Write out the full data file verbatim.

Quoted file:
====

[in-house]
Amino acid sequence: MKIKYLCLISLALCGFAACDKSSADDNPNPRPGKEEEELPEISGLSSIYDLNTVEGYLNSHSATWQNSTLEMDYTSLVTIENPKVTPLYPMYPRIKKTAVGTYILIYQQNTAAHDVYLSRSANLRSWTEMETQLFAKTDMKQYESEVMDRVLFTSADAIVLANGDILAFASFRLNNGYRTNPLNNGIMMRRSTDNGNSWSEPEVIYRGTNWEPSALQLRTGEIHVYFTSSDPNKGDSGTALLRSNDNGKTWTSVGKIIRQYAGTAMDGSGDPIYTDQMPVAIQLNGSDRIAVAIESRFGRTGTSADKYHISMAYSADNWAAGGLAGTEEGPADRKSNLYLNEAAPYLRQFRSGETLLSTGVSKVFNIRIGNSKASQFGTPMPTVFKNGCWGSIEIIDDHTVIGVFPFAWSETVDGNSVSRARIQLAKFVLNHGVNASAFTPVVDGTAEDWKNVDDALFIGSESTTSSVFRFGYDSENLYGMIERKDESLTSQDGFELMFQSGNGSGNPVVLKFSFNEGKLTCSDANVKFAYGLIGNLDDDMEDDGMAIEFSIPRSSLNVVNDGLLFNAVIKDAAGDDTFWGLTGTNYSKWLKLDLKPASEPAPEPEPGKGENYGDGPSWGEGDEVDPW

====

[in-house]
Amino acid sequence: MKIKYLCLISLALCGFAACDKSSADDNPNPRPGKEEEELPEISGLSSIYDLNTVEGYLNSHSATWQNSTLEMDYTSLVTIENPKVTPLYPMYPRIKKTAVGTYILIYQQNTAAHDVYLSRSANLRSWTEMETQLFAKTDMKQYESEVMDRVLFTSADAIVLANGDILAFASFRLNNGYRTNPLNNGIMMRRSTDNGNSWSEPEVIYRGTNWEPSALQLRTGEIHVYFTSSDPNKGDSGTALLRSNDNGKTWTSVGKIIRQYAGTAMDGSGDPIYTDQMPVAIQLNGSDRIAVAIESRFGRTGTSADKYHISMAYSADNWAAGGLAGTEEGPADRKSNLYLNEAAPYLRQFRSGETLLSTGVSKVFNIRIGNSKASQFGTPMPTVFKNGCWGSIEIIDDHTVIGVFPFAWSETVDGNSVSRARIQLAKFVLNHGVNASAFTPVVDGTAEDWKNVDDALFIGSESTTSSVFRFGYDSENLYGMIERKDESLTSQDGFELMFQSGNGSGNPVVLKFSFNEGKLTCSDANVKFAYGLIGNLDDDMEDDGMAIEFSIPRSSLNVVNDGLLFNAVIKDAAGDDTFWGLTGTNYSKWLKLDLKPASEPAPEPEPGKGENYGDGPSWGEGDEVDPW